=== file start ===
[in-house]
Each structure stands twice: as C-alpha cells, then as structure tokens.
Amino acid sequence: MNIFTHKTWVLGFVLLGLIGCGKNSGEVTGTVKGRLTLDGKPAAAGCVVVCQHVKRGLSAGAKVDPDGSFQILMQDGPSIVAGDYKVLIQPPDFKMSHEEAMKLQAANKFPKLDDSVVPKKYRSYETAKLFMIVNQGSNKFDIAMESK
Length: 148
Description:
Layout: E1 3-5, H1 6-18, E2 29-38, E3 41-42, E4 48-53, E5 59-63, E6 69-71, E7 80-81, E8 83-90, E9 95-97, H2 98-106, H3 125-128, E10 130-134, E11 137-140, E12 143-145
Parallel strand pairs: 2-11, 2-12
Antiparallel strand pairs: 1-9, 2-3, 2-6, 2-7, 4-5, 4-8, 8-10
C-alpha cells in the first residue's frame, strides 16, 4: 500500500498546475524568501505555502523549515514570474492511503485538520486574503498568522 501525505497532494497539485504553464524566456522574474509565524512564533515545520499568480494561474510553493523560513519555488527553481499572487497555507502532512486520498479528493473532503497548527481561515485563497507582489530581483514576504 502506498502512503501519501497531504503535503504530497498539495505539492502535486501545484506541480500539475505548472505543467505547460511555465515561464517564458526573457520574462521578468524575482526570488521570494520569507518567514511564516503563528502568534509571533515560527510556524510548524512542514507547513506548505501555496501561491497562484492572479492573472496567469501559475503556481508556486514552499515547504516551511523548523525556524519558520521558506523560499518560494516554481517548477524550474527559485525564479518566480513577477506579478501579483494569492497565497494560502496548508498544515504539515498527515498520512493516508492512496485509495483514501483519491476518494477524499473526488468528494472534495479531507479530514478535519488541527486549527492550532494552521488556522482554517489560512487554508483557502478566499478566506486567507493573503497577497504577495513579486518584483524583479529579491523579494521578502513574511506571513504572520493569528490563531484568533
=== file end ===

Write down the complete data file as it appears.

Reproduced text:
[in-house]
Each structure stands twice: as C-alpha cells, then as structure tokens.
Amino acid sequence: MNIFTHKTWVLGFVLLGLIGCGKNSGEVTGTVKGRLTLDGKPAAAGCVVVCQHVKRGLSAGAKVDPDGSFQILMQDGPSIVAGDYKVLIQPPDFKMSHEEAMKLQAANKFPKLDDSVVPKKYRSYETAKLFMIVNQGSNKFDIAMESK
Length: 148
Description:
Layout: E1 3-5, H1 6-18, E2 29-38, E3 41-42, E4 48-53, E5 59-63, E6 69-71, E7 80-81, E8 83-90, E9 95-97, H2 98-106, H3 125-128, E10 130-134, E11 137-140, E12 143-145
Parallel strand pairs: 2-11, 2-12
Antiparallel strand pairs: 1-9, 2-3, 2-6, 2-7, 4-5, 4-8, 8-10
C-alpha cells in the first residue's frame, strides 16, 4: 500500500498546475524568501505555502523549515514570474492511503485538520486574503498568522 501525505497532494497539485504553464524566456522574474509565524512564533515545520499568480494561474510553493523560513519555488527553481499572487497555507502532512486520498479528493473532503497548527481561515485563497507582489530581483514576504 502506498502512503501519501497531504503535503504530497498539495505539492502535486501545484506541480500539475505548472505543467505547460511555465515561464517564458526573457520574462521578468524575482526570488521570494520569507518567514511564516503563528502568534509571533515560527510556524510548524512542514507547513506548505501555496501561491497562484492572479492573472496567469501559475503556481508556486514552499515547504516551511523548523525556524519558520521558506523560499518560494516554481517548477524550474527559485525564479518566480513577477506579478501579483494569492497565497494560502496548508498544515504539515498527515498520512493516508492512496485509495483514501483519491476518494477524499473526488468528494472534495479531507479530514478535519488541527486549527492550532494552521488556522482554517489560512487554508483557502478566499478566506486567507493573503497577497504577495513579486518584483524583479529579491523579494521578502513574511506571513504572520493569528490563531484568533